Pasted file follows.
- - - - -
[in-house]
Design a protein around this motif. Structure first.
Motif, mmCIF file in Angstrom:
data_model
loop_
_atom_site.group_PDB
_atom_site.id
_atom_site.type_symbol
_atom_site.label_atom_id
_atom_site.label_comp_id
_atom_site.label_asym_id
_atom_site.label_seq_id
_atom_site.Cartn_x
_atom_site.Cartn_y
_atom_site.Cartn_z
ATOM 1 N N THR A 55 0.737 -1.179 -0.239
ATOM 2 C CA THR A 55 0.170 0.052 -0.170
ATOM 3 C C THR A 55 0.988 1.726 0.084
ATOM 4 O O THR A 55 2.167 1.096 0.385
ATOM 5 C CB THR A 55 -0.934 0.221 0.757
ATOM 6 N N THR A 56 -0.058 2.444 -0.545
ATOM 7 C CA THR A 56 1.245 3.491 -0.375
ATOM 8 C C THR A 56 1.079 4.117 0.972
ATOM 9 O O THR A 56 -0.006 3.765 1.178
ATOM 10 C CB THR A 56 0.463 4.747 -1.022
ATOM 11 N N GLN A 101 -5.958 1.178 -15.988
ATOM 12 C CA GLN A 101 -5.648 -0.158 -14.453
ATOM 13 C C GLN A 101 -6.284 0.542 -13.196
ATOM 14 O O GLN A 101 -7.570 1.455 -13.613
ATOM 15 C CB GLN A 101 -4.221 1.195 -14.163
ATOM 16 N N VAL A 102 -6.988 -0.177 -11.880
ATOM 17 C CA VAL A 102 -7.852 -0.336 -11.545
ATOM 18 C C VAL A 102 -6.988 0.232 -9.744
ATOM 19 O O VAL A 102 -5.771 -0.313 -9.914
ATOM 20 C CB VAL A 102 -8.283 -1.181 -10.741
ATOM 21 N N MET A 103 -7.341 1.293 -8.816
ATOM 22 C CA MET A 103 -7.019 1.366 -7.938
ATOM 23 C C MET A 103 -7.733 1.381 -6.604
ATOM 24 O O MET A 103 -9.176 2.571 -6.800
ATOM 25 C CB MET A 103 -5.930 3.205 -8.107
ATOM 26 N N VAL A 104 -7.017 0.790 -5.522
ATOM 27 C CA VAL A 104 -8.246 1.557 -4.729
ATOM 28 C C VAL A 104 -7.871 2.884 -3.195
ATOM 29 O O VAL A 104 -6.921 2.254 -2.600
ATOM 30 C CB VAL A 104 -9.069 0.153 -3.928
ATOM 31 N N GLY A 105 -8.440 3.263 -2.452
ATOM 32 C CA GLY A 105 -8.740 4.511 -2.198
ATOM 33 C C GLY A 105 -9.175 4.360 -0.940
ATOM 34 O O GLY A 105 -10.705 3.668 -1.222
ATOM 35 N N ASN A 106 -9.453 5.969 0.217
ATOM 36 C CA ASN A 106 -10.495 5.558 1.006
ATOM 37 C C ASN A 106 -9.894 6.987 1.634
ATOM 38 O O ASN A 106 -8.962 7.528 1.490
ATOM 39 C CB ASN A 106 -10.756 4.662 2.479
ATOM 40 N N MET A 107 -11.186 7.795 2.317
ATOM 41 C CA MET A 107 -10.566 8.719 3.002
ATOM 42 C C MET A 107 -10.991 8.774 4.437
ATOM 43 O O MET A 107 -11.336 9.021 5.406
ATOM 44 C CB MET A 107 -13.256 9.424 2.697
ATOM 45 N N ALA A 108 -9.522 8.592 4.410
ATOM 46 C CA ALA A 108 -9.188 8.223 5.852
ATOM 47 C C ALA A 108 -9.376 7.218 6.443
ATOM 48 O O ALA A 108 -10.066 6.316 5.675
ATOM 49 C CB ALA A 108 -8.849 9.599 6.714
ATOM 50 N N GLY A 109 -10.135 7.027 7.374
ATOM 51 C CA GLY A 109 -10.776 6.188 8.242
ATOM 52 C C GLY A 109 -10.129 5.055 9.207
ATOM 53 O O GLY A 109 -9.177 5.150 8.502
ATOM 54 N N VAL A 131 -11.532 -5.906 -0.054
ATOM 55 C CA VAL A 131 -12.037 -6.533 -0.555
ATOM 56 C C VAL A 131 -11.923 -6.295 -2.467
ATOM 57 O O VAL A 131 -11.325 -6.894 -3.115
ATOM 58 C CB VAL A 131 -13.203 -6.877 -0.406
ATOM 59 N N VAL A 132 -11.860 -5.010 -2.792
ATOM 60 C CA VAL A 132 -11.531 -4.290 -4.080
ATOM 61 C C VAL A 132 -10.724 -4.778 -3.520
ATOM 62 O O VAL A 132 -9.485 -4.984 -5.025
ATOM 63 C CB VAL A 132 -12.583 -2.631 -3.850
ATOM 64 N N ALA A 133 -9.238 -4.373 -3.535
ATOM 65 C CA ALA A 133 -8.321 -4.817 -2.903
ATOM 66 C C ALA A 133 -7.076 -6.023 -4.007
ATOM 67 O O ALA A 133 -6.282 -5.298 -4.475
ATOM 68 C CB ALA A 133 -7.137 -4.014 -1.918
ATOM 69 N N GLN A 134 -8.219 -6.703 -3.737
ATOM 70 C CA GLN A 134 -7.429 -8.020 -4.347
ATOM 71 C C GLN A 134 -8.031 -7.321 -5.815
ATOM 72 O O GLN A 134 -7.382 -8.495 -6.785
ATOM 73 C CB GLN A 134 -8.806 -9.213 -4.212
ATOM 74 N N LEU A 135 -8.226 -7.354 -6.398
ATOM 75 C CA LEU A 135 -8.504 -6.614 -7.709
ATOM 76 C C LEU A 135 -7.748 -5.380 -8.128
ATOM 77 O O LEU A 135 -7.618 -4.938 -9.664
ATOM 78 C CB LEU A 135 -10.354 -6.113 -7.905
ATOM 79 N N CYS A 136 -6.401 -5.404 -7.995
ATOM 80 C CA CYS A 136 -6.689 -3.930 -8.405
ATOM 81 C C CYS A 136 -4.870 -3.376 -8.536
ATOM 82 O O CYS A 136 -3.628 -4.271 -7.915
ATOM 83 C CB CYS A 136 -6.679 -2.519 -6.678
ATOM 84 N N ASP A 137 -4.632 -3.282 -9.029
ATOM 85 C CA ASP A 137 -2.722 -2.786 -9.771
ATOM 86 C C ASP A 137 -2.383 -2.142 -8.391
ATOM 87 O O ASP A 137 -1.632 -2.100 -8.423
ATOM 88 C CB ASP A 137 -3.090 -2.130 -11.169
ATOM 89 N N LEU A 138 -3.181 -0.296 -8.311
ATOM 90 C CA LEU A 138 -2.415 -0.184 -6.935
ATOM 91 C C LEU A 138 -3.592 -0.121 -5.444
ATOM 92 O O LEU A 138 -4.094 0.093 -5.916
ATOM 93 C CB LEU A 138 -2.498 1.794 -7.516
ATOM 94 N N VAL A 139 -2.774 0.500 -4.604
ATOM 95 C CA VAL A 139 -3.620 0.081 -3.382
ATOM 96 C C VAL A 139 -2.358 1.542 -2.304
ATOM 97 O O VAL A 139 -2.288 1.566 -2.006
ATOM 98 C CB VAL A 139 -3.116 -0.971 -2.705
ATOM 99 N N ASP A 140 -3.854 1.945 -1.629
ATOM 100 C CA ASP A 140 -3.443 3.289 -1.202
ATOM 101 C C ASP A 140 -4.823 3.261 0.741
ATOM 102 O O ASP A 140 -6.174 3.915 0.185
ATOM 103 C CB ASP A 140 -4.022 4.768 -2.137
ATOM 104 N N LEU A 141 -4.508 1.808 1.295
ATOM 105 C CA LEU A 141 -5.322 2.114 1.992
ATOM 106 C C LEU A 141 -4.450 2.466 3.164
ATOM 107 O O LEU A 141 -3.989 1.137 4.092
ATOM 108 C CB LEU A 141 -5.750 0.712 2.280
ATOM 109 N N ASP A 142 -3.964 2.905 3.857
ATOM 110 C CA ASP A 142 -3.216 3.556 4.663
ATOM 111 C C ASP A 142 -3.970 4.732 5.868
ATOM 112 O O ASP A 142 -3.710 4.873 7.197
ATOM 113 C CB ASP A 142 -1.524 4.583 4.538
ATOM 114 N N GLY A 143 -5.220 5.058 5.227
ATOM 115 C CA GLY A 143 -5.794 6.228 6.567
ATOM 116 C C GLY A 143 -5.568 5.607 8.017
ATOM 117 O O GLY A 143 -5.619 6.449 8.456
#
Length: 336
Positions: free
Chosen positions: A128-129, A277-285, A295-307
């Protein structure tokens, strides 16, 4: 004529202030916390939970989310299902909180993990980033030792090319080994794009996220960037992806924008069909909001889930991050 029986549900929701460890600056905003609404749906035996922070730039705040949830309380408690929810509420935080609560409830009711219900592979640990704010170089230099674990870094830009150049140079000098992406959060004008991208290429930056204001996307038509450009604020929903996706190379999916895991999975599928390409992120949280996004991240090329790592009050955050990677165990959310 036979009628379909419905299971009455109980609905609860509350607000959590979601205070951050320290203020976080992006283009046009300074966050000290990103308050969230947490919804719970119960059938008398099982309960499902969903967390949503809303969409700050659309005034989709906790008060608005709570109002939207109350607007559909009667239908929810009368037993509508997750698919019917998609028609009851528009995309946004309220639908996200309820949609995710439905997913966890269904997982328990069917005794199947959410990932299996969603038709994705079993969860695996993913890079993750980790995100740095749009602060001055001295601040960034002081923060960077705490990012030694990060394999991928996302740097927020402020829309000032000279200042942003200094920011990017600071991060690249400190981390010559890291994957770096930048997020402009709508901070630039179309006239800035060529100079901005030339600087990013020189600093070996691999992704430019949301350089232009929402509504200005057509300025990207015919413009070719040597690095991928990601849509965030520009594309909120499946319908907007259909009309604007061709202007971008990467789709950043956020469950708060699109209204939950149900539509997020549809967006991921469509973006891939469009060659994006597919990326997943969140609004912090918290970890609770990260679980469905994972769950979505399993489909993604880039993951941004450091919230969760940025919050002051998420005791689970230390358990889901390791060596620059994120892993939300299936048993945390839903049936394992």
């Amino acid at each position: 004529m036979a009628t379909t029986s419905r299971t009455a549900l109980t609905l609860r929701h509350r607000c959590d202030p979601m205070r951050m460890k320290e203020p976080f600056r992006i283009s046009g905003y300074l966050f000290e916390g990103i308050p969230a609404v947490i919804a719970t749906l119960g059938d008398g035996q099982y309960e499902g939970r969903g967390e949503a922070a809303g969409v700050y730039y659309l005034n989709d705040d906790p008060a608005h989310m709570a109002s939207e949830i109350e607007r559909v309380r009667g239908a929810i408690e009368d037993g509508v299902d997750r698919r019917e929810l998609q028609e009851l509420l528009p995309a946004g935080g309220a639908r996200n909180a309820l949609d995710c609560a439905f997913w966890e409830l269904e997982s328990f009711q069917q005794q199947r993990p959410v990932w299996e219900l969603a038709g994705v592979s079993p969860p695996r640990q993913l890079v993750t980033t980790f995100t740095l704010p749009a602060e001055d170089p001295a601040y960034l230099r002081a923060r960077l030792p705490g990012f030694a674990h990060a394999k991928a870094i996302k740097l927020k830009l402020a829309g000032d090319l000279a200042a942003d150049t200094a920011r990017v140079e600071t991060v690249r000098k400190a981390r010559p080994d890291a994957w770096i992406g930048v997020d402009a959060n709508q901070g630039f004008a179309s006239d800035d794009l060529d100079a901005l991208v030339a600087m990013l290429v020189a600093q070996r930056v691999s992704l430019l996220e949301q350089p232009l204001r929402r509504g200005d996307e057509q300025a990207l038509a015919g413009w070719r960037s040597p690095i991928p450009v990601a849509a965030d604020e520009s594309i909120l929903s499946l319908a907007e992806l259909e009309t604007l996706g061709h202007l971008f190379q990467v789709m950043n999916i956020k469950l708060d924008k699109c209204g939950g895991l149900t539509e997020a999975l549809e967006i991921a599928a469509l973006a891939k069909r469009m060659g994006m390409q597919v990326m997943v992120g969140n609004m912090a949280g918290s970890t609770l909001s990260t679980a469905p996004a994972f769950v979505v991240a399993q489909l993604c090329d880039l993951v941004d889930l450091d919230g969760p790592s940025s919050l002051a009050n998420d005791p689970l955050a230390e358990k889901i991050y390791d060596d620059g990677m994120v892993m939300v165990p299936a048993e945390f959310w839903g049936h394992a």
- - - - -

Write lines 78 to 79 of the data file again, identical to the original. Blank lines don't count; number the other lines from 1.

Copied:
ATOM 63 C CB VAL A 132 -12.583 -2.631 -3.850
ATOM 64 N N ALA A 133 -9.238 -4.373 -3.535